By Dr. Stephen Murgatroyd
February 21, 2010
Psychiatrists are currently debating whether “sex addiction” should be added to the catalogue of psychological disorders that can be reliably diagnosed and treated.
On the one hand, some are saying that sexual addiction, in the true sense of a diagnosis, is a real disorder and anyone who works with sex addicts know that they have a long array of behaviours. Others, however, believe the term is simply used to excuse bad behaviour.
Next in line will be the Tiger Woods syndrome, along with catastrophic views on the environment, an addiction to Starbucks, liking Barry Manilow and singing the praises of Rush Limbaugh. Soon all of our lives will be illness states, with some of us coping better than others in managing our daily diagnostics and treating ourselves through counselling, psychiatry and self-medication.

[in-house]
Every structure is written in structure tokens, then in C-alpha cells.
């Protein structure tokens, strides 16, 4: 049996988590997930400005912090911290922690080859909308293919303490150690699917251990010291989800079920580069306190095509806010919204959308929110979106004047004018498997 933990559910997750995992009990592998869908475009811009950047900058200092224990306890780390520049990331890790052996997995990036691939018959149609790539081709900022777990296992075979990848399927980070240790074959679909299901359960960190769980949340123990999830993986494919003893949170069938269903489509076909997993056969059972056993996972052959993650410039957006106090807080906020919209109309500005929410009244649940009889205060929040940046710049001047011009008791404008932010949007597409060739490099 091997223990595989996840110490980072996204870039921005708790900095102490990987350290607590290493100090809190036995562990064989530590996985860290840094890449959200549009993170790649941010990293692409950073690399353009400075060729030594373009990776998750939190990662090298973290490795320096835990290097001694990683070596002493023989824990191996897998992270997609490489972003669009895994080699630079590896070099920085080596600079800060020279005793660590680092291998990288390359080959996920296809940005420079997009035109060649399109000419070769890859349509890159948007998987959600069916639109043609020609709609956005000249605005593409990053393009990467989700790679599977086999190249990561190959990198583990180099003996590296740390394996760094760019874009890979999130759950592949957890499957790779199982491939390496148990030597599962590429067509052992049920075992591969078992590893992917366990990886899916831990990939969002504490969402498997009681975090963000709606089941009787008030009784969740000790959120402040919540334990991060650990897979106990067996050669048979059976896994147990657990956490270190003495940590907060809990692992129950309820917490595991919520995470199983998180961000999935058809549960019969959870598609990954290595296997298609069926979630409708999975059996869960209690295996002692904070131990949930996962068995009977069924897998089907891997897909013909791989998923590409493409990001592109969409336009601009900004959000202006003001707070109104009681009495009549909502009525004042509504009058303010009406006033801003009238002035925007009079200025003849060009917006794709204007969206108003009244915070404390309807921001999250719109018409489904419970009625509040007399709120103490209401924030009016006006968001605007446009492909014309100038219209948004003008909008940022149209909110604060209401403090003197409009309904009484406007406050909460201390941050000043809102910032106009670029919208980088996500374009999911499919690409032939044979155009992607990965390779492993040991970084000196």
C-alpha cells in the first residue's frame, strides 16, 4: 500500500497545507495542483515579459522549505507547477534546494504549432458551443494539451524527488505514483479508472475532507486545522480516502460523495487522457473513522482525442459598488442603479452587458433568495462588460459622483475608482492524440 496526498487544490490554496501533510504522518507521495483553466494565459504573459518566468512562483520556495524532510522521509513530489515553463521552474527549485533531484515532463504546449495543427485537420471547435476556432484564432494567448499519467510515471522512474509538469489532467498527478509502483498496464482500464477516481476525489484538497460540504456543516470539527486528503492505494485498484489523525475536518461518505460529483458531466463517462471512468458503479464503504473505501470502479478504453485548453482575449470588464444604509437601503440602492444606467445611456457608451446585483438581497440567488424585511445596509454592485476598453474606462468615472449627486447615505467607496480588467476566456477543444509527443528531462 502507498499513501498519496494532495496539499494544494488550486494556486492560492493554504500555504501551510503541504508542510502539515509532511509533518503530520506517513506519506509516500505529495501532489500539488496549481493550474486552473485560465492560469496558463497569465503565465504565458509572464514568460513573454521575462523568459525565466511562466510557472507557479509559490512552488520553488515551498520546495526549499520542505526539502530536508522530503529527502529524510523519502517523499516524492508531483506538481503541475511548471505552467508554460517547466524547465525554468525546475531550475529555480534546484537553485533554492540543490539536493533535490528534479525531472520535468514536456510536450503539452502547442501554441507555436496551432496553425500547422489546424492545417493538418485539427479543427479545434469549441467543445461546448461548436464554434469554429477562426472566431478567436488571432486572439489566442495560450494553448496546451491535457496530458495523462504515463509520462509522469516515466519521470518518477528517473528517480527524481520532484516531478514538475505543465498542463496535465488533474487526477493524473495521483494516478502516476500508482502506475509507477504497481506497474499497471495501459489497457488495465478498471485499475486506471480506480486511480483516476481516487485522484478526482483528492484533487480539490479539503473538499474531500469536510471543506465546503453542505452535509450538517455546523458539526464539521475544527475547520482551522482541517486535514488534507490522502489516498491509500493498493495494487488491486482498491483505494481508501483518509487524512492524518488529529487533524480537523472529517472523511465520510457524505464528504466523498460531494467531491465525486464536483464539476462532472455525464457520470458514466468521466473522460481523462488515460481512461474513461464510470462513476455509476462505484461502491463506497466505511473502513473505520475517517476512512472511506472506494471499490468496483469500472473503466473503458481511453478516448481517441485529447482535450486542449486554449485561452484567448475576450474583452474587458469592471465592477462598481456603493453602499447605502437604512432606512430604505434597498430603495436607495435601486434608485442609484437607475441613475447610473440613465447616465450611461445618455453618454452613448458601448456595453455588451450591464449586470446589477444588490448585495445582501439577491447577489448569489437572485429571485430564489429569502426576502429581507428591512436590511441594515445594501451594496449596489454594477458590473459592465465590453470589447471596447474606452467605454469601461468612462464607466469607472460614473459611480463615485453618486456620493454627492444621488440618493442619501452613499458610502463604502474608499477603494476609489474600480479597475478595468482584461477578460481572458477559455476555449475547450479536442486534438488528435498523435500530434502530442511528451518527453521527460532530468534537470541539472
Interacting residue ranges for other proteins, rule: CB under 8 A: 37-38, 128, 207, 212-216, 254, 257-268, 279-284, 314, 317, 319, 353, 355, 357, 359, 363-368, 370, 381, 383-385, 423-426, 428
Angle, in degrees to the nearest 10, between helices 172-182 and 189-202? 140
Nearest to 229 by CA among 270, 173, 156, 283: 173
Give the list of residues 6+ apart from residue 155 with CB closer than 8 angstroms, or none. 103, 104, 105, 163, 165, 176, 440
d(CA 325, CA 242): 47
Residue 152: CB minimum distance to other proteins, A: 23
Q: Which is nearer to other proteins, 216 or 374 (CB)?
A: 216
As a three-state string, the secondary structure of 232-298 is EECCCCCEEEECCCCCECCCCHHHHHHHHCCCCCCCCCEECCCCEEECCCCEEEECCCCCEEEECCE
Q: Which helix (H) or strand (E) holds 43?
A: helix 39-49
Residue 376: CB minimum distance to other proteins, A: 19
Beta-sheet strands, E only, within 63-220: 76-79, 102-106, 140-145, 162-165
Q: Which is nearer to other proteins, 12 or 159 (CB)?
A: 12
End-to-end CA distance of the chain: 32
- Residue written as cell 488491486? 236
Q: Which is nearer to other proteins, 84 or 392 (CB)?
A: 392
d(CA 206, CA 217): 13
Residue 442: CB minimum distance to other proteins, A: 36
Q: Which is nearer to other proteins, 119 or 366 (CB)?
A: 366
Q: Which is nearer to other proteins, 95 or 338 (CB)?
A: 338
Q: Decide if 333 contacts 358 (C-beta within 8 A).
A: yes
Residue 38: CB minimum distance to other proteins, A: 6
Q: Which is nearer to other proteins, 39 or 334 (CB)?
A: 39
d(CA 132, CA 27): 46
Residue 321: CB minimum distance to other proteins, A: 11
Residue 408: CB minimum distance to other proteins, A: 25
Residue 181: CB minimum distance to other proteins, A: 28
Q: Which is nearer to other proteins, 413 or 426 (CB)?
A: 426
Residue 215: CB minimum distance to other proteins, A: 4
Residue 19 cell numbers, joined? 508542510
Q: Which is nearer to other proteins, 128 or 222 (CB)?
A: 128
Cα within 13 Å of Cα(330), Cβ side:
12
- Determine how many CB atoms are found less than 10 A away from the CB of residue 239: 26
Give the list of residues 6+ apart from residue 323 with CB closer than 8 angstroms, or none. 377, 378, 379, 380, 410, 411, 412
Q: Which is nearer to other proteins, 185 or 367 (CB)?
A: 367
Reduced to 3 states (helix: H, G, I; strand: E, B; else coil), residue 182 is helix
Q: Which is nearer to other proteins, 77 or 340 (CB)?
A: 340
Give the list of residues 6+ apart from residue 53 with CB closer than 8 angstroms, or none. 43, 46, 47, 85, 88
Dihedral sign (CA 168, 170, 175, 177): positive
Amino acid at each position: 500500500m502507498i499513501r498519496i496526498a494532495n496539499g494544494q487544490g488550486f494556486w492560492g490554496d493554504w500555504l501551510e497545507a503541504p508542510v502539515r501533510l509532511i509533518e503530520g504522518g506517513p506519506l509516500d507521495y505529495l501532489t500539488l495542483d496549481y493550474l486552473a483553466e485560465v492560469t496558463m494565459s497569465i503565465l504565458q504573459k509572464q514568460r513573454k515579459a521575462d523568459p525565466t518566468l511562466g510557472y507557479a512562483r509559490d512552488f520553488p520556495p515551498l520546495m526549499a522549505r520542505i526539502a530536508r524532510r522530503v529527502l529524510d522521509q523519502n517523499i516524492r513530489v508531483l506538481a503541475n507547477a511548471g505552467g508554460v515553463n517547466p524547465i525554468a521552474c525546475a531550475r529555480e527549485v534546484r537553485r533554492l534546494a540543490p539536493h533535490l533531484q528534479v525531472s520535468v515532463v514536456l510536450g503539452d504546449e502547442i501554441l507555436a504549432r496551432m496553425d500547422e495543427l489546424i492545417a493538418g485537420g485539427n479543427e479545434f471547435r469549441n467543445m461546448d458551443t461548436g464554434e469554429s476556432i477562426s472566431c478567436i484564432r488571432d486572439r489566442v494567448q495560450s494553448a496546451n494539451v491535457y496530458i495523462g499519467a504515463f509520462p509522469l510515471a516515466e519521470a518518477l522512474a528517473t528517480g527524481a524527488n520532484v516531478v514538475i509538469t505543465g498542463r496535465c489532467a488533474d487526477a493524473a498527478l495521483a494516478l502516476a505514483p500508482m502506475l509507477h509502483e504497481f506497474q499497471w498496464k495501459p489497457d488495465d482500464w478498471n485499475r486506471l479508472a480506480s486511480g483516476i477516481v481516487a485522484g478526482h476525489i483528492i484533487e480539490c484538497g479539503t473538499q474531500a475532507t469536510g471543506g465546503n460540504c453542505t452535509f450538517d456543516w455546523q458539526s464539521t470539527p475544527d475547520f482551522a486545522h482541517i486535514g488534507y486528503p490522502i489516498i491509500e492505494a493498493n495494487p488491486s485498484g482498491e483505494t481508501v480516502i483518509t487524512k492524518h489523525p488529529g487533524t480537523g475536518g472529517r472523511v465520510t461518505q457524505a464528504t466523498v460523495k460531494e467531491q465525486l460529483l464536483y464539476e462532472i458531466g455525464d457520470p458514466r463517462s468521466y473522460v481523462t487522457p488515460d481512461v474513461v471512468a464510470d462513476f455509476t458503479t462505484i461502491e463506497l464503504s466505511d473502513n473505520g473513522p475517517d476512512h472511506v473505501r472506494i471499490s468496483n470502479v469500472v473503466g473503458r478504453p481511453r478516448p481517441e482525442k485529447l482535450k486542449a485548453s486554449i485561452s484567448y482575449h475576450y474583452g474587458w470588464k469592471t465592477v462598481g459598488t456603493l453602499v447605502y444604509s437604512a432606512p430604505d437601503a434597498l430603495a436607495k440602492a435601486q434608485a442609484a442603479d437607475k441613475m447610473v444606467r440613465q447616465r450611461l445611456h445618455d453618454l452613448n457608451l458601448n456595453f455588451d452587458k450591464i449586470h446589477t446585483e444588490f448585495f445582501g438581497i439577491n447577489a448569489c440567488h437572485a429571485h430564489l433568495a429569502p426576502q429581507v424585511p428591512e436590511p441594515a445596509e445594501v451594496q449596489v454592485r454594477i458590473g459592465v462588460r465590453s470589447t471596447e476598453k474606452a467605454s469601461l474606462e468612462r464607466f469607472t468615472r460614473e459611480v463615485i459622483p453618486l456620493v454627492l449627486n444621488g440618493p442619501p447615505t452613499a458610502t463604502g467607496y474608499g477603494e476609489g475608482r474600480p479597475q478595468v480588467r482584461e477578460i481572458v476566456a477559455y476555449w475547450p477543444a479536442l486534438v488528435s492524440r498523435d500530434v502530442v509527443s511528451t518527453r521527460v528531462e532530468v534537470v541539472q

Everything is problematic
The quest to add sex addiction to the catalogue of recognized illness states is just a part of the desire of psychiatrists to identify everything as problematic. The handbook for diagnosis, known as the Diagnostic and Statistical Manual of Mental Disorders (DSM), now in its 4th edition, is the bible of mental illness. If you want to call in sick, go to the library and find a copy – it’s a treasure trove of sick-day opportunities. A new edition, the fifth, is due in 2013.
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